Bullying, duty of care and compensation

The growth of attention to psychosocial hazards in Australia received a considerable boost from a stress survey undertaken by the ACTU some years ago.  During the survey of union-members, it became clear that bullying was a major generator and perpetrator of workplace stress.  The unions went to town on this data and set the agenda for some time in OHS.  Their success was echoed and mirrored in the United Kingdom and Europe. (In fact, Europe seems to be the jurisdiction that has kept the momentum)

The survey and campaign got the attention of regulators and OHS professionals to the presence of, perhaps, the next generation of occupational health and safety activity.

Since that time psychosocial hazards have splintered into sub-groups of stress, occupational violence, workload, fatigue management, shift work, dignity at work and a range of other matters. However bullying persists as the front runner.

As with many elements of OHS, risk management and cultural studies the defence forces provide signposts to future civilian issues. Yesterday the Australian Defence Force agreed to pay ex-gratia payments to family members of defence personnel who had committed suicide as a result of bullying suffered at the hands of their colleagues.  There are many significant signposts from these incidents but one of particular note was that the payments were not made to dependents but to other family members.

According to the ABC radio report by Karen Barlow:

“The suicides date back up to 12 years, when Lance-Corporal Nicholas Shiels killed himself after accidentally shooting his best friend dead during Army training.

Private John Satatas hanged himself at Holsworthy Barracks, in western Sydney, five years ago after being bullied and racially taunted.

Private David Hayward committed suicide four years ago after he was injured and had gone AWOL.” 

The Defence Minister, Joel Fitzgibbon, was interviewed on this issue, and others, on Radio National on 23 October 2008 and  has referred the matter to a general review of the defence forces. Fitzgibbon acknowledged that “shortcomings in the defence force system” contributed to the situation and could have been better handled after the event.

The day before the media attention the Australian Defence Force released the findings of its annual attitudinal survey of personnel.  The 2007 survey found, according to a media statement:

“… a marked improvement in knowledge of mental health issues as well as members’ assessments of their own mental health. Since 1999, the data also shows an increasing proportion of personnel who believe that unacceptable behaviour is well managed.”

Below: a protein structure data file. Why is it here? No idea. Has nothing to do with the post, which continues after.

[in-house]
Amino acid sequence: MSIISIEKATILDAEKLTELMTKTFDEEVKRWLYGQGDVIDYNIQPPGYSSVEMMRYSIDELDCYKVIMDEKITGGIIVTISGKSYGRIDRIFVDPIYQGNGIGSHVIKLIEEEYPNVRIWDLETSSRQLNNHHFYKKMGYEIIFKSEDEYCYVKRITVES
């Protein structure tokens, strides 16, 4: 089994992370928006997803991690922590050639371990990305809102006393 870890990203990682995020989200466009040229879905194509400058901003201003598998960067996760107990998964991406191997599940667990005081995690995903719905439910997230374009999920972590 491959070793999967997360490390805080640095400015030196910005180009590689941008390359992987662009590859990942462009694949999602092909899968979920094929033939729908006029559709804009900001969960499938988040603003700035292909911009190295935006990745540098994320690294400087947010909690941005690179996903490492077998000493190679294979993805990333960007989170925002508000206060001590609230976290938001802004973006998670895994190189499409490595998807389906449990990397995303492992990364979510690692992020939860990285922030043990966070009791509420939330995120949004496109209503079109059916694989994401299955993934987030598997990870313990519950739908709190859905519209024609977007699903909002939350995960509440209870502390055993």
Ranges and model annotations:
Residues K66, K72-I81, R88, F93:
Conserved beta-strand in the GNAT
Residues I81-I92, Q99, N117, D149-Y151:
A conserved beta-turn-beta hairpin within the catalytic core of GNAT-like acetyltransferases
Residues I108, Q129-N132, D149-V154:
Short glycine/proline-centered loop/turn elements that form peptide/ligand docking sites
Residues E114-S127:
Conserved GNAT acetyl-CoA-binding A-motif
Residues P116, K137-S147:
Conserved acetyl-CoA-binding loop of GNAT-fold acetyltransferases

As Australia moves to a national OHS and workers compensation system, or at least a harmonised system, more attention should be given to some of the responses and OHS initiatives in Commonwealth departments as these will be just as influential on OHS law and management as any State initiative.

4 thoughts on “Bullying, duty of care and compensation”

  1. Thanks Kevin, I agree that would be a great case study to have at SIA, I would love to hear about what they have actually be doing to change the culture. I would be very interested in being involved should a group be brought together to tackle the issues of bullying prevention.

  2. Julie

    I think that the Defence Force attitudinal survey illustrates that some of the mental health techniques introduced over recent years seem to be working. It would be good to have a Defence Force representative talk about these techniques at next March\’s Safety In Action conference. Perhaps you can talk with the stream leader on that.

    A parallel consideration on bullying and mental health was presented overnight by the Australian Bureau of Statistics that has received considerable media attention this morning. Sadly the statistics are a picture of societal erosion which rely on OHS professionals like us and others to implement new strategies.

    I favour the broader social approach rather than focusing on workplaces. I aslo think there are greater opportunities by bringing together OHS people, sociologists, psychologists and social workers. Perhaps there is an OHS organisation out there with a suitable vision for such an approach

  3. I am constantly surprised that organisations focus on how well bullying \’incidents\’ are MANAGED rather than dealing with PREVENTION. I would love to know more about what training/awareness programs the defence force had in place at the time, and have in place now?

  4. I think it would have been more appropriate for Joel Fitzgibbon to have said that the review found \”shortcomings in the defence force MANAGEMENT\”.

    Effective people management can do much to reduce these hazzards. The military should be run with the same high standards of OHS management required in business and the Public Service.

    Use of the words \”system\” and \”systemic\” to explain shortcomings is a fudge to cover management shortcomings.

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